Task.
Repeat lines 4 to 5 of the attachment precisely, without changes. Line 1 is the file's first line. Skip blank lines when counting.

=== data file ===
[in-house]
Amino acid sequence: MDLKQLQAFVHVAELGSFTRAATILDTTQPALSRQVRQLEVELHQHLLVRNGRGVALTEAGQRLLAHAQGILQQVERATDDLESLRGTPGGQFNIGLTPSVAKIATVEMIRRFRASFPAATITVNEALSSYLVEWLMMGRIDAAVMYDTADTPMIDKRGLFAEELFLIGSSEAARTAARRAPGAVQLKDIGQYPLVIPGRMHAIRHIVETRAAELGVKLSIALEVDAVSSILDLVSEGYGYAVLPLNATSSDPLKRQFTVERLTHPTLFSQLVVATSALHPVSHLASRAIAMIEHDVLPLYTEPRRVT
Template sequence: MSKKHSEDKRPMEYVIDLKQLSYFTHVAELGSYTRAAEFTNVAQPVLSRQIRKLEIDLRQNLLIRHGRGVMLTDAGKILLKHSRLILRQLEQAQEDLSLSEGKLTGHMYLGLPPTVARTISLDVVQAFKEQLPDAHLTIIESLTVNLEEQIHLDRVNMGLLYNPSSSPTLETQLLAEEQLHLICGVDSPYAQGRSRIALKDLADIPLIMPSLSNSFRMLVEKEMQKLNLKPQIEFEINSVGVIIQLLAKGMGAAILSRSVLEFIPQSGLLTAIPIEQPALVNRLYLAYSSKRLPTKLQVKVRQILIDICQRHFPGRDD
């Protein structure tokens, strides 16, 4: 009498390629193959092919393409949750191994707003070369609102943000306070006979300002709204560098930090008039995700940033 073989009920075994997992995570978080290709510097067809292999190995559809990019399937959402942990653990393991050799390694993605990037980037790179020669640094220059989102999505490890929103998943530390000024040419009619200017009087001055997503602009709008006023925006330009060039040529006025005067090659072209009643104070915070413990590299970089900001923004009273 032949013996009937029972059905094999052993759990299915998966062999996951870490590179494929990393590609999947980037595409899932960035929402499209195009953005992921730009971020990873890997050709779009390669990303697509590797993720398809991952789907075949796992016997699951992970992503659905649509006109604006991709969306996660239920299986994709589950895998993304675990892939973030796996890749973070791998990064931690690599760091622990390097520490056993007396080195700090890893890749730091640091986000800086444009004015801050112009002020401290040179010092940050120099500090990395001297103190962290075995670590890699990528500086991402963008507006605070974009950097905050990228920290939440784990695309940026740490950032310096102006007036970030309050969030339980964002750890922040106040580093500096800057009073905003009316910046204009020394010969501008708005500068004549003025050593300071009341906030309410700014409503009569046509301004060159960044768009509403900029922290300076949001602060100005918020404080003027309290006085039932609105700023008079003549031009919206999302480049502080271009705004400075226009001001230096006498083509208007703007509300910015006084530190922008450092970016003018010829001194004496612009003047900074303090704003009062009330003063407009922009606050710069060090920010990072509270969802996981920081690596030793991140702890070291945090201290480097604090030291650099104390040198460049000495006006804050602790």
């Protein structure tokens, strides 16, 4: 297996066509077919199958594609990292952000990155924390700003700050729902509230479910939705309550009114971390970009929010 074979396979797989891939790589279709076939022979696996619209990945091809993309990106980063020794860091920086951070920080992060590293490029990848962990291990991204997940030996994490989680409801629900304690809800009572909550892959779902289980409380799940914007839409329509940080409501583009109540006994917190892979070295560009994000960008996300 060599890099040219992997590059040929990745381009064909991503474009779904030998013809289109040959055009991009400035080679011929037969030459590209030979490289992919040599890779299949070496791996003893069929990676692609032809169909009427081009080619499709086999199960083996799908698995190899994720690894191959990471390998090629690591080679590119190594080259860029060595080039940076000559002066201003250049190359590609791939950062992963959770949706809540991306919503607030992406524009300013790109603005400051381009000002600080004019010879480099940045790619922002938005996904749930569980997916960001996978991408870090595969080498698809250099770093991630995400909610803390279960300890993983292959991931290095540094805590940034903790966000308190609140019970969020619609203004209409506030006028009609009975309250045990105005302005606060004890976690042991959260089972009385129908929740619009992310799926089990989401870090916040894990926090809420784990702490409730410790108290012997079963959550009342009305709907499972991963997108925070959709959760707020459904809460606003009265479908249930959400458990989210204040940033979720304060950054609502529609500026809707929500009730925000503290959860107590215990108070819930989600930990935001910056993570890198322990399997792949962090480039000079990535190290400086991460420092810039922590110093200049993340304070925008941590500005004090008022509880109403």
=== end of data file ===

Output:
């Protein structure tokens, strides 16, 4: 009498390629193959092919393409949750191994707003070369609102943000306070006979300002709204560098930090008039995700940033 073989009920075994997992995570978080290709510097067809292999190995559809990019399937959402942990653990393991050799390694993605990037980037790179020669640094220059989102999505490890929103998943530390000024040419009619200017009087001055997503602009709008006023925006330009060039040529006025005067090659072209009643104070915070413990590299970089900001923004009273 032949013996009937029972059905094999052993759990299915998966062999996951870490590179494929990393590609999947980037595409899932960035929402499209195009953005992921730009971020990873890997050709779009390669990303697509590797993720398809991952789907075949796992016997699951992970992503659905649509006109604006991709969306996660239920299986994709589950895998993304675990892939973030796996890749973070791998990064931690690599760091622990390097520490056993007396080195700090890893890749730091640091986000800086444009004015801050112009002020401290040179010092940050120099500090990395001297103190962290075995670590890699990528500086991402963008507006605070974009950097905050990228920290939440784990695309940026740490950032310096102006007036970030309050969030339980964002750890922040106040580093500096800057009073905003009316910046204009020394010969501008708005500068004549003025050593300071009341906030309410700014409503009569046509301004060159960044768009509403900029922290300076949001602060100005918020404080003027309290006085039932609105700023008079003549031009919206999302480049502080271009705004400075226009001001230096006498083509208007703007509300910015006084530190922008450092970016003018010829001194004496612009003047900074303090704003009062009330003063407009922009606050710069060090920010990072509270969802996981920081690596030793991140702890070291945090201290480097604090030291650099104390040198460049000495006006804050602790």
């Protein structure tokens, strides 16, 4: 297996066509077919199958594609990292952000990155924390700003700050729902509230479910939705309550009114971390970009929010 074979396979797989891939790589279709076939022979696996619209990945091809993309990106980063020794860091920086951070920080992060590293490029990848962990291990991204997940030996994490989680409801629900304690809800009572909550892959779902289980409380799940914007839409329509940080409501583009109540006994917190892979070295560009994000960008996300 060599890099040219992997590059040929990745381009064909991503474009779904030998013809289109040959055009991009400035080679011929037969030459590209030979490289992919040599890779299949070496791996003893069929990676692609032809169909009427081009080619499709086999199960083996799908698995190899994720690894191959990471390998090629690591080679590119190594080259860029060595080039940076000559002066201003250049190359590609791939950062992963959770949706809540991306919503607030992406524009300013790109603005400051381009000002600080004019010879480099940045790619922002938005996904749930569980997916960001996978991408870090595969080498698809250099770093991630995400909610803390279960300890993983292959991931290095540094805590940034903790966000308190609140019970969020619609203004209409506030006028009609009975309250045990105005302005606060004890976690042991959260089972009385129908929740619009992310799926089990989401870090916040894990926090809420784990702490409730410790108290012997079963959550009342009305709907499972991963997108925070959709959760707020459904809460606003009265479908249930959400458990989210204040940033979720304060950054609502529609500026809707929500009730925000503290959860107590215990108070819930989600930990935001910056993570890198322990399997792949962090480039000079990535190290400086991460420092810039922590110093200049993340304070925008941590500005004090008022509880109403």